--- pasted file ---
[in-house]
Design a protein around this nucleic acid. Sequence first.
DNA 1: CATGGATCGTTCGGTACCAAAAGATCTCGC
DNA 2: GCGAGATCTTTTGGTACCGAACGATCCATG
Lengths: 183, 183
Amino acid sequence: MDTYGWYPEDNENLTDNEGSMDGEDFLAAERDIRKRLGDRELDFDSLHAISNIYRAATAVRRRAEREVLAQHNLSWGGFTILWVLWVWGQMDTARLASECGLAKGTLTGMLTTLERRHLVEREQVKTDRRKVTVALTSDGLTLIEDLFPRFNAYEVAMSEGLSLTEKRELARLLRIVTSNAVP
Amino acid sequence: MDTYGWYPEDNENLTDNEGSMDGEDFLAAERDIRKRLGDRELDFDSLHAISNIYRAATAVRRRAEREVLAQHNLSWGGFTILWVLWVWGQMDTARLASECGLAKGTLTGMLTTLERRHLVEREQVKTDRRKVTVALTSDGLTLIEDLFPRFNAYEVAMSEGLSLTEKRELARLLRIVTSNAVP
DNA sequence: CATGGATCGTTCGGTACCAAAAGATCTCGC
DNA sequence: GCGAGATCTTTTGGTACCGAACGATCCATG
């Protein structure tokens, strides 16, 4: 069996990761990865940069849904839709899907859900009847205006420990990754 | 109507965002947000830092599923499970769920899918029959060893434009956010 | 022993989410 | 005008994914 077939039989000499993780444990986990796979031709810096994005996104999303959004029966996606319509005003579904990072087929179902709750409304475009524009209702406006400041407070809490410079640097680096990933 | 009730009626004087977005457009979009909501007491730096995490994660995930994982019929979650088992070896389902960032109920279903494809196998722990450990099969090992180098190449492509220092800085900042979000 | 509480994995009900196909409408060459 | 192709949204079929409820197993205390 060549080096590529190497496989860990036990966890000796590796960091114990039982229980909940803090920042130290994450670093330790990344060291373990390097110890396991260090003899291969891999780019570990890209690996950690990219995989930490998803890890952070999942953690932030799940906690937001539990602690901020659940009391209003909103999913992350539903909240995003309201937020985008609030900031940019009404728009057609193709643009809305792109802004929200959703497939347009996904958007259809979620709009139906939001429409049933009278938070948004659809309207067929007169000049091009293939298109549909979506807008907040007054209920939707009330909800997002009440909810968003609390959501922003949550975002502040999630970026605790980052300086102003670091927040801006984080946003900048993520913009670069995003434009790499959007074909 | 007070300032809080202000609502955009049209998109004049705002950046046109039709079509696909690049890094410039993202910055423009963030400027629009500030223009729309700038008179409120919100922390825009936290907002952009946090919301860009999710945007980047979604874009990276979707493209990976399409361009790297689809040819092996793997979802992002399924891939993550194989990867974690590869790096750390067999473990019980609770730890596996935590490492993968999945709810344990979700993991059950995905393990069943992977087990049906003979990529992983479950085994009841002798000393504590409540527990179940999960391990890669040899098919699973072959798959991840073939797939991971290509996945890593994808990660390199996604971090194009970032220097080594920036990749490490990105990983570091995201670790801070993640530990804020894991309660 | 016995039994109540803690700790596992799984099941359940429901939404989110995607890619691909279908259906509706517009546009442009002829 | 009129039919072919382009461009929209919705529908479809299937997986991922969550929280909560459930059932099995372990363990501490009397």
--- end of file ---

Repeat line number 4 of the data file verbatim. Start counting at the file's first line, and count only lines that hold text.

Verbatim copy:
DNA 2: GCGAGATCTTTTGGTACCGAACGATCCATG